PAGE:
Central African Republic crisis

When her home was burned down by armed men, Germaine fled for her life

She crossed the Ubangi River and eventually made it to the Democratic Republic of Congo. Now living in exile, she longs to start over and build herself a new home.
Photo: ©UNHCR/John Wessels

Clashes between armed groups have driven over 750,000 people like Germaine from the country. Please help these families find safety and survive.


including new community shelters for internally displaced families.

Essential supplies

like mattresses, blankets and kitchenware.

Livelihoods assistance

to help refugees provide for their families.

What’s happening in the Central African Republic?

The Central African Republic (CAR) is one of the world’s poorest countries and has long been troubled by unrest. But the last two years have seen fresh and fierce clashes between armed groups – and driven thousands of people from their homes in fear.

UNHCR is working across the country to provide life-saving protection, distribute essential items and set up new community shelters. We’re also on the ground in neighbouring countries – helping refugees survive and support themselves, long into the future.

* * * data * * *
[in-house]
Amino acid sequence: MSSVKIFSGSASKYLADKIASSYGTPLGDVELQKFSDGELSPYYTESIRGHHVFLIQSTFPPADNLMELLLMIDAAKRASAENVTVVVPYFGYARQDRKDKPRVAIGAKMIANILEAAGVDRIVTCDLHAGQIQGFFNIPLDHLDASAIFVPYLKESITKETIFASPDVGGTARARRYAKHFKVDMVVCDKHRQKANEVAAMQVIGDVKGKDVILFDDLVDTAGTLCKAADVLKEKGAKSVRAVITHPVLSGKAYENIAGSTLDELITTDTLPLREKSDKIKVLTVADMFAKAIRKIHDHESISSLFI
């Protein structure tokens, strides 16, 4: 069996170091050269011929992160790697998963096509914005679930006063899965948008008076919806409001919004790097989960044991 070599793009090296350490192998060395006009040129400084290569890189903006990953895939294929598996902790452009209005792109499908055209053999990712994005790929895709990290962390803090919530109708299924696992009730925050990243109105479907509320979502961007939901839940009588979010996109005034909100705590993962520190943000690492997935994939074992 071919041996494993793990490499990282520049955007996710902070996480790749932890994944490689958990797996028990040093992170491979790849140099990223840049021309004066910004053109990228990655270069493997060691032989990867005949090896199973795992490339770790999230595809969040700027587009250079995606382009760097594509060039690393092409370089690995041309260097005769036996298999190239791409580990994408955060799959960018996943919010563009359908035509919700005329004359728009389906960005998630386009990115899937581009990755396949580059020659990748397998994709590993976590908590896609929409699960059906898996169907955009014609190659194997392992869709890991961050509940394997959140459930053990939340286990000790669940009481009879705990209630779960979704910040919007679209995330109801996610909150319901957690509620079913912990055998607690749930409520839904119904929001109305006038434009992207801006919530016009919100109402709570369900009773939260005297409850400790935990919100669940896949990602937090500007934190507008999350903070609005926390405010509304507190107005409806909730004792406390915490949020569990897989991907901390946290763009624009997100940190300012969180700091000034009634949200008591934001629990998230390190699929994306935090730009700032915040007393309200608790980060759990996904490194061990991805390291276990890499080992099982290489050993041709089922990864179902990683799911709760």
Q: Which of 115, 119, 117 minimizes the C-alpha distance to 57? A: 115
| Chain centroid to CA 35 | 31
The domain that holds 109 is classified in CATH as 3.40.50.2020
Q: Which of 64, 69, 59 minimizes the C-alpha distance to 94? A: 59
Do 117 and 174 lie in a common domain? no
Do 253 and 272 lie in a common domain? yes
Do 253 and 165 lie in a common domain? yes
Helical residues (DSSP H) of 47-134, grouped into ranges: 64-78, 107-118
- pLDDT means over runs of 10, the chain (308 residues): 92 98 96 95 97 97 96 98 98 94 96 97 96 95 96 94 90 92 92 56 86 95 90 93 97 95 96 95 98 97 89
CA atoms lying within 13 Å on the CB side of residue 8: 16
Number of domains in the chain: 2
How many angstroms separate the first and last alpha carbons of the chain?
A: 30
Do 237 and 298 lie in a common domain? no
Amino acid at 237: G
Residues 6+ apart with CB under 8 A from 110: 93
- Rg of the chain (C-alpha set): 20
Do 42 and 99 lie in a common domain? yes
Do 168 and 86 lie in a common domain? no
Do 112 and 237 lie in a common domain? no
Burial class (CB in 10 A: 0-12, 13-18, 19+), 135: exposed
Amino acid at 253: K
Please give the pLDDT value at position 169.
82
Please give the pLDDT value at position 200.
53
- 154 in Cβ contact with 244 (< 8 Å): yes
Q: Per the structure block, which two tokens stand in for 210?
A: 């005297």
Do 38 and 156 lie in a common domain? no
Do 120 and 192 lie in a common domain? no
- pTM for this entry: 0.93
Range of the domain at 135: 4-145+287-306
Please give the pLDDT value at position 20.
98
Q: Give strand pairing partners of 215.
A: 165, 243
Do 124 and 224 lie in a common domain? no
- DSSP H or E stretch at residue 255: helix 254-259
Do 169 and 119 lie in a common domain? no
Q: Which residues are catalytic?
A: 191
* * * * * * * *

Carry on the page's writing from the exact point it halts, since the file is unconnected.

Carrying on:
How has the situation in CAR changed over the last few years?

Since 2016, CAR had been gradually moving towards peace and stability, with refugees and internally displaced people starting to go back home. But now, insecurity is plaguing areas in the centre, north west, east and south east of the country – some not previously affected by violence.

Where are families fleeing to?

Families are crossing the border into neighbouring countries, like the Democratic Republic of Congo and Cameroon – where there are now over 500,000 refugees from CAR.

What’s the situation in the villages they’ve left behind?

Many villages in CAR lie deserted, with houses burnt, cattle stolen and fields of coffee, manioc and peanuts looted and vandalised by armed groups.

How do families support themselves far from home?

In the DRC – where most refugees stay near the rivers in the borderlands – men support themselves by fishing, while women work as land labourers for around 23 pence a day.

Where can I access the latest data and reports?

CAR Operations – for latest on UNHCR’s relief work to protect displaced people inside the Central African Republic.

Did you know many refugees from CAR escape in canoes, or walk for weeks with little food or water to sustain them?   

This family fled to Chad in a desperate bid for safety. 

They stayed in a camp close to the border, until UNHCR was able to register them and help them access a more permanent site in a nearby village and rebuild their lives. 

We’re doing the same for thousands more vulnerable families from CAR – providing them with shelter and essential supplies. An out-of-camp-policy helps refugees integrate with the local community and find sustainable ways to support themselves in the long-term.

Photo: ©UNHCR/Aristophane Ngargoune
Share This